I teach sophomore and junior English at a public high school in California. During the first fifteen minutes of each class, my students engage in SSR (silent sustained reading), and I model reading for them by not grading papers during this time, but by reading a book of my own choice. In this case, however, the choice was that of my wife, who read the book as a secondary student in Jalisco, Mexico. Every day in every class I looked forward to reading The Underdogs during SSR. It's a fast read and provides a spring board into the historical context of which it speaks. This book has made me a student of the Mexican Revolution.
The main character, Demetrio Macias, and his band of revolutionaries at once attract and repulse you until, at the novel's end, the reader understands how bitterly disillusioned Azuela had become with the likes of the generals and foot soldiers who turned their noble cause into a pretext for their own personal gain. Thus, the revolution implodes upon the idealists who gave her birth and, in the end, the generals and foot soldiers of the revolution become comsumed by the same base impulses that once fueled their enemies.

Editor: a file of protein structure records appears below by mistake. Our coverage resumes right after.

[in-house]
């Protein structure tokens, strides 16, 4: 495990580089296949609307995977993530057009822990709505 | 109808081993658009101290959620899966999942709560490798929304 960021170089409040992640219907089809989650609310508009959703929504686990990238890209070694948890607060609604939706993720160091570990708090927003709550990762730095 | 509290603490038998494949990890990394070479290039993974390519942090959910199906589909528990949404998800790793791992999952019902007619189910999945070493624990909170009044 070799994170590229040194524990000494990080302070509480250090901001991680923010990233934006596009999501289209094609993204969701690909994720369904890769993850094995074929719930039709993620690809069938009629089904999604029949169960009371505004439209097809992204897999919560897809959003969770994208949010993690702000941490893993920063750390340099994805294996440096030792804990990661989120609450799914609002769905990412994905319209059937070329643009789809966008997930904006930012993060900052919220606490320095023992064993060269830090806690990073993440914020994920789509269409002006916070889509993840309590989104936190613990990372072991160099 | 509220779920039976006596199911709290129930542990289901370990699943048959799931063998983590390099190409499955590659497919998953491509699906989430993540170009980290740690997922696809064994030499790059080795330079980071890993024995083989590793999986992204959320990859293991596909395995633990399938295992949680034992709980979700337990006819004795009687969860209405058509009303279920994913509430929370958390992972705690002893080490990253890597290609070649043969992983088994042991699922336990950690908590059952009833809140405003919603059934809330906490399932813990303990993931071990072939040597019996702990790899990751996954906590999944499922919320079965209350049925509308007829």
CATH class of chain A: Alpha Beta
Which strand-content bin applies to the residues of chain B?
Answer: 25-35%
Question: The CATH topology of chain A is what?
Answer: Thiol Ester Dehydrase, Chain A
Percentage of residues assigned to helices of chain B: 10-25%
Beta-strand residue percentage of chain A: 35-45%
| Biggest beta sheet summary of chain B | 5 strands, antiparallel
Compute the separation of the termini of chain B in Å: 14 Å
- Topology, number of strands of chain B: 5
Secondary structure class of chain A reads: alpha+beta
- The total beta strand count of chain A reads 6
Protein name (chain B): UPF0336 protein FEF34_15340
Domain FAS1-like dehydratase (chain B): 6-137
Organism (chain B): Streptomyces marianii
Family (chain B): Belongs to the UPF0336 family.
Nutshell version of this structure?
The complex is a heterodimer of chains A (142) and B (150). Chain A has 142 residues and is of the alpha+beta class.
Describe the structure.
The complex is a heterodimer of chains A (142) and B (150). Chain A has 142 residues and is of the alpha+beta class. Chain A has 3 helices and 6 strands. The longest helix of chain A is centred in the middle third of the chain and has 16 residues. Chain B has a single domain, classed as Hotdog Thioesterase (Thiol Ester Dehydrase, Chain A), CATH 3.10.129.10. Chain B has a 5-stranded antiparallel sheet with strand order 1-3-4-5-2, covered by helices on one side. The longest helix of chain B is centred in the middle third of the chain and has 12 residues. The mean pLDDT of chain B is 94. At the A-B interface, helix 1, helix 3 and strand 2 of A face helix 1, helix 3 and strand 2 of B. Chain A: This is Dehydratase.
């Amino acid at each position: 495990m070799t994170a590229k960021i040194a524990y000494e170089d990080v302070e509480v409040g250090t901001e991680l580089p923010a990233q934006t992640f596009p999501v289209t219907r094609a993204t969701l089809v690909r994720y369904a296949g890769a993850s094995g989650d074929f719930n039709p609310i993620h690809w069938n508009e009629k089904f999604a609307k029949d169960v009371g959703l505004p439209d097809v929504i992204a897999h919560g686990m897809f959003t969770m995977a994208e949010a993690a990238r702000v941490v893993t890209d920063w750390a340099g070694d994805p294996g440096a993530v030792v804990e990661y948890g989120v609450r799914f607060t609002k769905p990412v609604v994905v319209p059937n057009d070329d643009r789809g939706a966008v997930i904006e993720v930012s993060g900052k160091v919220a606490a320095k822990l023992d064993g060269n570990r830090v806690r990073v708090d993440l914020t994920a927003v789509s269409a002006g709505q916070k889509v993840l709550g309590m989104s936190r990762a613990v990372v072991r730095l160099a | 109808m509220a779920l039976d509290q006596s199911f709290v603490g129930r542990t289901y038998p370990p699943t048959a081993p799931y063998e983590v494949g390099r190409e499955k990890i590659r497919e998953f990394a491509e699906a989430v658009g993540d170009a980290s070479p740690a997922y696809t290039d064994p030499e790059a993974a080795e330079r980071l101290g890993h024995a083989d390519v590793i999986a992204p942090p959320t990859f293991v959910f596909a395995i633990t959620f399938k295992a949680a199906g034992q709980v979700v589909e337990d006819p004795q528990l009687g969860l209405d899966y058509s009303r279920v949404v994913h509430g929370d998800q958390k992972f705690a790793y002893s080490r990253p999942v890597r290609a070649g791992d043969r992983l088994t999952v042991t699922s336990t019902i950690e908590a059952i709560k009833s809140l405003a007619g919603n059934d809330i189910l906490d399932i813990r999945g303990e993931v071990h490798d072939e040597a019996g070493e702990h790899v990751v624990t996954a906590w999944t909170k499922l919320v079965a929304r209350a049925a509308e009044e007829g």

The dialogue, of which there is plenty, burns through the storyline like a prairie fire, so real, so vibrant, and so poetic is it. The narrative draws the reader along seamlessly, and the numerous descriptions of nature dazzle his mind's eye like an apocalyptic vision.
In my opinion, a good novel engages me in the lives of its characters. Demetrio, Manteca, Luis Cervantes, Camilla, War Paint, et al. remain vivdly in my mind as victims of injustice, heroes of liberty, and perpetrators of pointless mayhem.
I fell so much in love with Azuela's style and his masterful use of imagery that I ordered the Spanish language version Los de Abajo! I can't wait to read this novel in the original Spanish. I can't wait to unleash its volcanic energy upon my students.
My favorite line? That of the mad poet Valderrama, who proclaims after the defeat of General Villa at Celaya, "Villa? Obregon? Carranza? What's the difference? I love the revolution like a volcano in eruption; I love the volcano because it's a volcano, the revolution because it's the revolution! What do I care about the stones left above or below after the cataclysm? What are they to me?"
Every gabacho should read this book!